Bresnan, J. (2007). Is syntactic knowledge probabilistic ? Experiments with the English dative alternation. In S. Featherston and W. Sternefeld (eds). Roots: Linguistics in Search of its Evidential Base. Berlin: Mouton de Gruyter, 75-96.

Paquot, M, Grafmiller, J. & B. Szmrecsanyi (2017).Particle placement alternation in EFL learner speech vs. native and ESL spoken Englishes: core probabilistic grammar and/or L1-specific preferences? Paper presented at the 4th Learner Corpus Research Conference, 5-7 October 2017, Bolzano, Italy.

IJLCR 4.1 just out!


The third Vocab@ conference will be hosted by KU Leuven from 1 to 3 July 2019.

Previous Vocab@ conferences were held at Meiji Gakuin University in Tokyo in 2016 and Victoria University Wellington in 2013.

The Vocab@Leuven conference aims to bring together researchers from different disciplines who investigate the learning, processing, teaching, and testing of second/foreign language vocabulary.

Confirmed plenary speakers:

  • Batia Laufer (University of Haifa)
  • Marc Brysbaert (Ghent University)

Organizing committee:

  • Elke Peters
  • Paul Pauwels
  • Maribel Montero Perez
  • Eva Puimège
  • Ann-Sophie Noreillie
  • Thao Duong

The program will consist of paper presentations, poster sessions, invited colloquia and invited plenary speakers.

Types of presentations:

  • individual paper (20 + 10 minutes)
  • poster

We invite abstracts for paper and poster presentations about any topic related to second/foreign language vocabulary:

  1. vocabulary teaching (classroom-based research, technology-based, formal/informal learning, …)
  2. vocabulary assessment
  3. vocabulary and the skills of reading, listening, TV viewing, writing and speaking
  4. formulaic language
  5. corpus approaches to vocabulary
  6. psycholinguistic approaches to vocabulary
  7. neurolinguistic approaches to vocabulary
  8. vocabulary for specialized use (academic, business, technical, etc.)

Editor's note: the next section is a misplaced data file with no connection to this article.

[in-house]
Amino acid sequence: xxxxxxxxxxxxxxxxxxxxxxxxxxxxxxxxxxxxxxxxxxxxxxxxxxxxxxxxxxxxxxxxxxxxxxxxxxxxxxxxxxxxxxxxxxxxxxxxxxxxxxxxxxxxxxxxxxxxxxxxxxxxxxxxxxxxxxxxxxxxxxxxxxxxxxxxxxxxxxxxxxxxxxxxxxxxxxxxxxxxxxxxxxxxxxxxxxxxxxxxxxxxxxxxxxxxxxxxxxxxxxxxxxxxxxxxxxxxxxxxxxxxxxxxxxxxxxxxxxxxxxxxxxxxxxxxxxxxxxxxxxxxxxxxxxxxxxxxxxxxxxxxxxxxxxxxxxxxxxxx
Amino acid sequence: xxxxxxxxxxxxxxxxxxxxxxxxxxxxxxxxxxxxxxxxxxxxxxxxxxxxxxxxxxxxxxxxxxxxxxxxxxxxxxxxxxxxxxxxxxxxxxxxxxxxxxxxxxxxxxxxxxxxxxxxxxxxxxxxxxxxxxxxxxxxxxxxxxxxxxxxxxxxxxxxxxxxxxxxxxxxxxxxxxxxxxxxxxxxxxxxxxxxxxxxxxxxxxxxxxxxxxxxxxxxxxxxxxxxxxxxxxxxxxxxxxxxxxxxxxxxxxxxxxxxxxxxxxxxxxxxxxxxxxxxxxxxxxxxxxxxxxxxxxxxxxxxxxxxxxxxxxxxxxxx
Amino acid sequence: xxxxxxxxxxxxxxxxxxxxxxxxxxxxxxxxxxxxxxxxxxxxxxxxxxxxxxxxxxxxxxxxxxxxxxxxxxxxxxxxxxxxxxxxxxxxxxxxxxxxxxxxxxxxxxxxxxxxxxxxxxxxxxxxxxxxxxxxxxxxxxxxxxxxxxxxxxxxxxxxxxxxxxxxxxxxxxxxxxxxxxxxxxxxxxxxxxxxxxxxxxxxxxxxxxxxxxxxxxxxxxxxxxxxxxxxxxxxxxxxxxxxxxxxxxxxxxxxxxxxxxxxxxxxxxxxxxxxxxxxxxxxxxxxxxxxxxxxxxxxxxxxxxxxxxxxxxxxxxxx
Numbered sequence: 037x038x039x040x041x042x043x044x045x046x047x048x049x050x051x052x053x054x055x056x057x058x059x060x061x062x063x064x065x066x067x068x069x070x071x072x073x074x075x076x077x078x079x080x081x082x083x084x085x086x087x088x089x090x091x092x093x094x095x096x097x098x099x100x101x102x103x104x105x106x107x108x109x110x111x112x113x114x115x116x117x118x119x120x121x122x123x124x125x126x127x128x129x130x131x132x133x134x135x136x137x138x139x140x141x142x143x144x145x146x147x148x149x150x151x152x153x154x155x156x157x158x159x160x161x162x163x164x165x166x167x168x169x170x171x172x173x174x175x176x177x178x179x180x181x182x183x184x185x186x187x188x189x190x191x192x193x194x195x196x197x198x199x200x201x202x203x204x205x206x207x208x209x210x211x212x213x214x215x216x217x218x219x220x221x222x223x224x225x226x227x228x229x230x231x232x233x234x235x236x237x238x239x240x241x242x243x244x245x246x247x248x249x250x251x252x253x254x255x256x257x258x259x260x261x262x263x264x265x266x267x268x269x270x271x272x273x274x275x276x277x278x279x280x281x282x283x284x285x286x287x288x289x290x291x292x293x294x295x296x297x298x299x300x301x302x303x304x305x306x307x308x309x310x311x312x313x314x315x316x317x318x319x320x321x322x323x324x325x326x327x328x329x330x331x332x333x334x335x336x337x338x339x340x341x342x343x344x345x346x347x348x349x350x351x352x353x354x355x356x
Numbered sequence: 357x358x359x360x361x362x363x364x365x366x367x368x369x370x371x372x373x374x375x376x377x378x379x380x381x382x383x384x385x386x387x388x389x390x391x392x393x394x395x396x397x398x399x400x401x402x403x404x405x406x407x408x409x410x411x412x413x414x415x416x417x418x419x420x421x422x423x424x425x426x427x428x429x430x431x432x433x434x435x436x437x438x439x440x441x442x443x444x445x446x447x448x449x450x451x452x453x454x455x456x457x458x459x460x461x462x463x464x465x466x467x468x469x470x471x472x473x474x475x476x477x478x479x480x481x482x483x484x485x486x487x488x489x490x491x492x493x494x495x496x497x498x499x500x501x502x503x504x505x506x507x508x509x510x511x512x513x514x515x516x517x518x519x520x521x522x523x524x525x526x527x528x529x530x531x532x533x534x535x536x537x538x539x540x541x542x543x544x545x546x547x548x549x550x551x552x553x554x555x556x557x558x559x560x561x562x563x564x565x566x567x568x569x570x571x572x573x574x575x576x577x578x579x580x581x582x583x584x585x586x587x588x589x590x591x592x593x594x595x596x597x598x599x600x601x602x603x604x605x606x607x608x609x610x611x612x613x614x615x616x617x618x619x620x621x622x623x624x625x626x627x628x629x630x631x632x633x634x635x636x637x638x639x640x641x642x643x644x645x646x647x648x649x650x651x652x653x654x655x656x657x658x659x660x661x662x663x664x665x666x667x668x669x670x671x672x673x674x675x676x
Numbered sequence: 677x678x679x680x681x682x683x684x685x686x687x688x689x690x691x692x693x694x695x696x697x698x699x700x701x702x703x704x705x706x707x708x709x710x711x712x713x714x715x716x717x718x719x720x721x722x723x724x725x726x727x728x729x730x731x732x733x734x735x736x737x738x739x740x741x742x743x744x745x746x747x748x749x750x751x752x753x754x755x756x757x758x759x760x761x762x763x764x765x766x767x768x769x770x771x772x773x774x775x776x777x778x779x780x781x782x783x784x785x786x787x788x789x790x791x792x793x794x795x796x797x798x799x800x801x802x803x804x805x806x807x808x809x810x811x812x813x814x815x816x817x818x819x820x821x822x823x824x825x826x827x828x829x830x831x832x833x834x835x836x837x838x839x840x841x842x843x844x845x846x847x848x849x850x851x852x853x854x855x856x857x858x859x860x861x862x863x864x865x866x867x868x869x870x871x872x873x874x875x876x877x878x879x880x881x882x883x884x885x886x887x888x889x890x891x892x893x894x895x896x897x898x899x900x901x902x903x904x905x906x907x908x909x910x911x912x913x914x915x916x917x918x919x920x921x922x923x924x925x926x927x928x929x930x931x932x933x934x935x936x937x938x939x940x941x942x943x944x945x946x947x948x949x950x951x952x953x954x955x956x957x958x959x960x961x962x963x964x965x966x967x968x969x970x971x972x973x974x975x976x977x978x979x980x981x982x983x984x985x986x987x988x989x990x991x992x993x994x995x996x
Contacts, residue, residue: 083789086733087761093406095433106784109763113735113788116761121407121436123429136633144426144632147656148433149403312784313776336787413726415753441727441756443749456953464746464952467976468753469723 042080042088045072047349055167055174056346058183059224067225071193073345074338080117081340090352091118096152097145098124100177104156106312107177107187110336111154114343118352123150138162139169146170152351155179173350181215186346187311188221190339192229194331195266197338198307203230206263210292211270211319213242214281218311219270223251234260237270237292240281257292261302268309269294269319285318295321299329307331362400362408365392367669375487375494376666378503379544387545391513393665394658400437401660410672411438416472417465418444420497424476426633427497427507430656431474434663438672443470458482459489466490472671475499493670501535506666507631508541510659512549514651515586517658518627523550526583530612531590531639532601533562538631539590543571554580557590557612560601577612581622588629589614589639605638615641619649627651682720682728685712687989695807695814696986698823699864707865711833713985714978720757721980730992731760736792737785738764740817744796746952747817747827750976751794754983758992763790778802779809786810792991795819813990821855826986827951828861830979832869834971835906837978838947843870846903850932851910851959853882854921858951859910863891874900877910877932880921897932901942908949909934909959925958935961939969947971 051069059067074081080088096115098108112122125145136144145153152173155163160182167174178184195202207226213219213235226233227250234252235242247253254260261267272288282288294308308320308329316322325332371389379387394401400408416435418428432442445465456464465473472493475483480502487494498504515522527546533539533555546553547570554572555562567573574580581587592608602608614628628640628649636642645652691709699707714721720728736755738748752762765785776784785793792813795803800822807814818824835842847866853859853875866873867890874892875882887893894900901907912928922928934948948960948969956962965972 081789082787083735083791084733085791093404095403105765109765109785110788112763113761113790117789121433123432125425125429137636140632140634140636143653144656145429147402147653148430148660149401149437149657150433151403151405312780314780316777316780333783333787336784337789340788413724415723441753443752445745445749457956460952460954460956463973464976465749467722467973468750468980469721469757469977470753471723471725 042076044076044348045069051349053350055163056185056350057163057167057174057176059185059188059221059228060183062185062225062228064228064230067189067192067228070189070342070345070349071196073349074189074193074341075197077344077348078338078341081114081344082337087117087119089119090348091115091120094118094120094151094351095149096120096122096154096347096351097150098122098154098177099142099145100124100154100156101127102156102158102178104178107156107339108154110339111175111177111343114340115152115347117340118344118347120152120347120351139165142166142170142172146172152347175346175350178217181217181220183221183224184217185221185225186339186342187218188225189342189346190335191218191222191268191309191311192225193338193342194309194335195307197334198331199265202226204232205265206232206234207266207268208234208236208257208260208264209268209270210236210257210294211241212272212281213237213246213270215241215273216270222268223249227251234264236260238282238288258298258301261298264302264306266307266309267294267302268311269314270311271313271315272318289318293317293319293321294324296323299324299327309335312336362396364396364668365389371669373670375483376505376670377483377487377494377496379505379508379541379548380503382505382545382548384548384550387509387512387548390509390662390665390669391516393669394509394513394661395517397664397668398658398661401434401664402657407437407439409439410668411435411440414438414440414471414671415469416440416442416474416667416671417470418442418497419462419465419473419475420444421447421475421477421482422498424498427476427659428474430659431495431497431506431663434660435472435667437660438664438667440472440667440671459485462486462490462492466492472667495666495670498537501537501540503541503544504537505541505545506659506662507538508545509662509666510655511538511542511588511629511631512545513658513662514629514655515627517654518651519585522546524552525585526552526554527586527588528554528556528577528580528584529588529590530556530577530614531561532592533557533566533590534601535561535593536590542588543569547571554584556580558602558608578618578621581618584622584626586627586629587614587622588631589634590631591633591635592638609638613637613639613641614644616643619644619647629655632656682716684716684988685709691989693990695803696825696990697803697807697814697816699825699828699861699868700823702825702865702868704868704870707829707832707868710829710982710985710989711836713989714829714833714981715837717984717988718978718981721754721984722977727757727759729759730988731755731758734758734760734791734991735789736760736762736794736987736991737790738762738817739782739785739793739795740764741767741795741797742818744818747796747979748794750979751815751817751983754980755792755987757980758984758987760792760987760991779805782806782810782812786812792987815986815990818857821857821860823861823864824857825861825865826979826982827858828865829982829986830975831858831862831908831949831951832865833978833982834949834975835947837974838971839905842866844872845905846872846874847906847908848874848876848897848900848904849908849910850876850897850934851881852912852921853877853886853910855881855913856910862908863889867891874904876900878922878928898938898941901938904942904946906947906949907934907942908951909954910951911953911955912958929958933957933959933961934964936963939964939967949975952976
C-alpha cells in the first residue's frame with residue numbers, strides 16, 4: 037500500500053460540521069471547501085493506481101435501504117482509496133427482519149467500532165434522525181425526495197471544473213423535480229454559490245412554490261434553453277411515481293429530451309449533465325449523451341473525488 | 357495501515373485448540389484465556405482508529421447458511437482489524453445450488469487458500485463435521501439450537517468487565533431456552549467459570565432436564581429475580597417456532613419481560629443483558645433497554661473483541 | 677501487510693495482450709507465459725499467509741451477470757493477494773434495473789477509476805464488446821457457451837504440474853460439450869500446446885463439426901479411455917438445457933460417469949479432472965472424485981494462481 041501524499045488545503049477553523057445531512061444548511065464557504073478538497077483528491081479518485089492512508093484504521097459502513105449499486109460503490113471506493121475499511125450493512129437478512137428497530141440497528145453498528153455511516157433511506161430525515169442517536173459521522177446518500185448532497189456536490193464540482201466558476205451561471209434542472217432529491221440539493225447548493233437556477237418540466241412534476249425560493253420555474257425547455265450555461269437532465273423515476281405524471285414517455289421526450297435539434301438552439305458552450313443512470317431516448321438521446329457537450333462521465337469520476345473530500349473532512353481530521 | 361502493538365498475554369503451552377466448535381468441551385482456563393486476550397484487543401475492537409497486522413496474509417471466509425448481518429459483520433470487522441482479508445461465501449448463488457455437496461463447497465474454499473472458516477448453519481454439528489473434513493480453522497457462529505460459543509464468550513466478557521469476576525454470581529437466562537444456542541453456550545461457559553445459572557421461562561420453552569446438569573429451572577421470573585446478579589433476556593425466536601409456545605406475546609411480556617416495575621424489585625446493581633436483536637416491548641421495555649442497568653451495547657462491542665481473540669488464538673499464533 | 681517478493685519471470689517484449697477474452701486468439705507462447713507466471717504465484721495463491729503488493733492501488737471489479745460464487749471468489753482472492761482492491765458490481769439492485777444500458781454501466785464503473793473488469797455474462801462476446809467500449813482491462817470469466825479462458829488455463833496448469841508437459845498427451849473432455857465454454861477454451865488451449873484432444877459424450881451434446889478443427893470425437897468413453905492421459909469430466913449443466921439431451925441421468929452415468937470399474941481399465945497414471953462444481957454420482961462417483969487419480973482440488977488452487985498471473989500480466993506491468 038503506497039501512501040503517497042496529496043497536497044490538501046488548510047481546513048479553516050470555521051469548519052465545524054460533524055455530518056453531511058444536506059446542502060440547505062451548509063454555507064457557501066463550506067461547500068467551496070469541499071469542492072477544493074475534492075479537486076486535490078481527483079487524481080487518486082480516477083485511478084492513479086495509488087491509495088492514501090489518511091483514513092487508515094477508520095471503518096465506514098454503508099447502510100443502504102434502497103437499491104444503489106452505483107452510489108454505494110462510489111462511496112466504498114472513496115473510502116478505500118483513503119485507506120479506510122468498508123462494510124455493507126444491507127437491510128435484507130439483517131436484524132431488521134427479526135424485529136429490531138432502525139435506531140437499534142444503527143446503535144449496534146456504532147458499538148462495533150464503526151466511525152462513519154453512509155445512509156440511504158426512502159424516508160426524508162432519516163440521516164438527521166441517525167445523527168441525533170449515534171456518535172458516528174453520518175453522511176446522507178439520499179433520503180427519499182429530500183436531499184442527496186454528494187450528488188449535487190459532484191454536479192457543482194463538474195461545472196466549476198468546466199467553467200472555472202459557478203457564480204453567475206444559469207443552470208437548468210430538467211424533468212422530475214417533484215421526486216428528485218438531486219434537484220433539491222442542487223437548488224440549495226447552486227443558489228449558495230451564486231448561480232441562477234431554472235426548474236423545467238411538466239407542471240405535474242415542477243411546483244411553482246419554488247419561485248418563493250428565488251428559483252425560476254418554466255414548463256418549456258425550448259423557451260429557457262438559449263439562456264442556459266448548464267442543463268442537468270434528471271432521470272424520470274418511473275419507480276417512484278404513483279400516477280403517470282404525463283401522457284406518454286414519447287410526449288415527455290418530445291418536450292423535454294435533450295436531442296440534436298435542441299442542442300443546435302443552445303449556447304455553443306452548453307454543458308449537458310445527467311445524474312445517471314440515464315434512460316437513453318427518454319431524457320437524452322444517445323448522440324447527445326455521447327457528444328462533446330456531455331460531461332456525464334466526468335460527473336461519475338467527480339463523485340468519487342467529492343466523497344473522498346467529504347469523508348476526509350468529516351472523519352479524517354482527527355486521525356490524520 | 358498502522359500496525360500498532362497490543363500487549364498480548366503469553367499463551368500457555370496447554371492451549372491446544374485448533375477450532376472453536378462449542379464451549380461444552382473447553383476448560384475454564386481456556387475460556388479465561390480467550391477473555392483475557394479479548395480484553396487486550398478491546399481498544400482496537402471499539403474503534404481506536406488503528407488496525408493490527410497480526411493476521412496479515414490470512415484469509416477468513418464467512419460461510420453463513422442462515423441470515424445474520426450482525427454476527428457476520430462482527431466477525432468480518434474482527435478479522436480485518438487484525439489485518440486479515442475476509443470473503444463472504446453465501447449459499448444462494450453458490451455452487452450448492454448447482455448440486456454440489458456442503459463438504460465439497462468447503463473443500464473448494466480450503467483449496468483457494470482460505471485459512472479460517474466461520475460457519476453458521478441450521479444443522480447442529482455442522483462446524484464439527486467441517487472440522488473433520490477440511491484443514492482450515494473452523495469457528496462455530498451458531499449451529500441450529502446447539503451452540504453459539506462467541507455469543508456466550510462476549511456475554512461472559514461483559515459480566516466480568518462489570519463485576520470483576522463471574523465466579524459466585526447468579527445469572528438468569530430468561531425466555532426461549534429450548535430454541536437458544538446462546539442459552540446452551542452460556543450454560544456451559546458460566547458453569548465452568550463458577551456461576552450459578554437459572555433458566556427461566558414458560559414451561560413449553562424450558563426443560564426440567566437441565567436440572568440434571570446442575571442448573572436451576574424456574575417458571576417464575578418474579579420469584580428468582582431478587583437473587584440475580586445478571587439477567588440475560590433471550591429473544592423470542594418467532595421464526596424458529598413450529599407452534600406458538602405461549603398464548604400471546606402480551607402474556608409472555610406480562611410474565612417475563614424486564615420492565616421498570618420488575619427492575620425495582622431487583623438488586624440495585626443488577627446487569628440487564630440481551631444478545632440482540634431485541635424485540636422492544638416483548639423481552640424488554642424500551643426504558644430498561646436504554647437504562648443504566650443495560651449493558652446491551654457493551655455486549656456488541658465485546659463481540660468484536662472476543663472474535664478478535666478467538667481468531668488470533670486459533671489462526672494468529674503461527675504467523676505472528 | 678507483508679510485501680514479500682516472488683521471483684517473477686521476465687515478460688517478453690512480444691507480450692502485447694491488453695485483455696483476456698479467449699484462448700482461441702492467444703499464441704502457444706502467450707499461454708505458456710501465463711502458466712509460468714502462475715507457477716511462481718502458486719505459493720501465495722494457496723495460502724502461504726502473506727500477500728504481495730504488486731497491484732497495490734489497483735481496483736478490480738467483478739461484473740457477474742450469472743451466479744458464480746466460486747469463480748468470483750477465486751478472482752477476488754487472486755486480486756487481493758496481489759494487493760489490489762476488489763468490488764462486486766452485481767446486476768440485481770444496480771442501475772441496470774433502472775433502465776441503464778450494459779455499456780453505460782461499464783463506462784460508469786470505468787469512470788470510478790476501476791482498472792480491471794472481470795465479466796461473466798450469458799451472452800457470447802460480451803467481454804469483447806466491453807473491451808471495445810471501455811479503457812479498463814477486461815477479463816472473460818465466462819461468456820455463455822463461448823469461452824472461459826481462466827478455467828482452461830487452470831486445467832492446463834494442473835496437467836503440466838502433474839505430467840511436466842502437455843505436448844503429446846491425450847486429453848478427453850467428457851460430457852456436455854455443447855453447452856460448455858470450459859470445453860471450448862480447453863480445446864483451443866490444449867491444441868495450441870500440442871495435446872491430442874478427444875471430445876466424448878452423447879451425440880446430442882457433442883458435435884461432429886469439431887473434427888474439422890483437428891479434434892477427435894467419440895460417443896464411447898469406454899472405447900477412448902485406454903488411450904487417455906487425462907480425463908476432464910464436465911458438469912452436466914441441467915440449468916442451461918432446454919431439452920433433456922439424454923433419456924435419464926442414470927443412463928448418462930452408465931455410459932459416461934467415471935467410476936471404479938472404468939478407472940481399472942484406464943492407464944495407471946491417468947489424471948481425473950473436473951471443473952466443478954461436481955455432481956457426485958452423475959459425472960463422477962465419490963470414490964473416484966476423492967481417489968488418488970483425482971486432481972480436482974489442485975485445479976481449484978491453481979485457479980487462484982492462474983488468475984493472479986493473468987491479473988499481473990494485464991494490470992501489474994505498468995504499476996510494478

9. vocabulary resources (word lists, dictionaries, …)
  10. vocabulary and genre/register

Submission deadline: December 15, 2018

Research Associate – Corpus-computational linguistics and second language acquisition, University of Cambridge

A Post-Doctoral Research Associate position is available at the University of Cambridge to work with Dr Dora Alexopoulou and Professor Ianthi Tsimpli on the Leverhulme Trust grant “Linguistic typology and learnability in second language”.

The project aims to measure the impact of linguistic distance between L1 and L2 on the learning success of learners from different linguistic backgrounds. The empirical research will consist of a comprehensive corpus analysis exploiting the EF-Cambridge Open Language Database (EFCAMDAT) and the International Corpus of Learner English (ICLE). The main responsibility of the postdoctoral researcher is to conduct the corpus investigation and work with the investigators for the analysis of data and research publications.

The ideal candidate will have strong background in corpus linguistics and proven ability to work with NLP tools for extracting grammatical features and structures and to apply statistical analyses to the data. Experience with learner corpora and second language learning research is particularly welcome. Candidates will have completed a PhD in a relevant field.

The postdoctoral researcher will join the EF Research Lab for Applied Language Learning, the Processing and Language Acquisition Group and the Language Technology Group and become part of a multidisciplinary research community within Linguistics, and, more widely, within Cambridge Language Sciences.

This position is 100% FTE and funds for this post are available for 30 months in the first instance, starting on 16th of July 2018 or as soon as possible thereafter. The successful candidate will be a member of the Linguistics Section of the Faculty of Modern and Medieval Language.

The closing date for applications is midnight (BST) on 31st May 2018. Interviews will be held on 18 June 2018 at the Faculty of Modern and Medieval Languages, University of Cambridge, subject to confirmation.

For further information please visit


We are inviting applications for a three-year 0,5 PhD student position (E 13 TV-L on the German salary scale) in English linguistics the University of Bremen to be filled by 1 July 2018 or later.

Applicants have an MA in English (Applied) Linguistics (or a teacher degree with a focus on and final thesis in English linguistics) and a strong background and interest in either (learner) corpus research, Second Language Acquisition or varieties of English. Successful applicants are expected to carry out research on a dissertation in (applied) English linguistics. The teaching load comprises 2 hours per semester.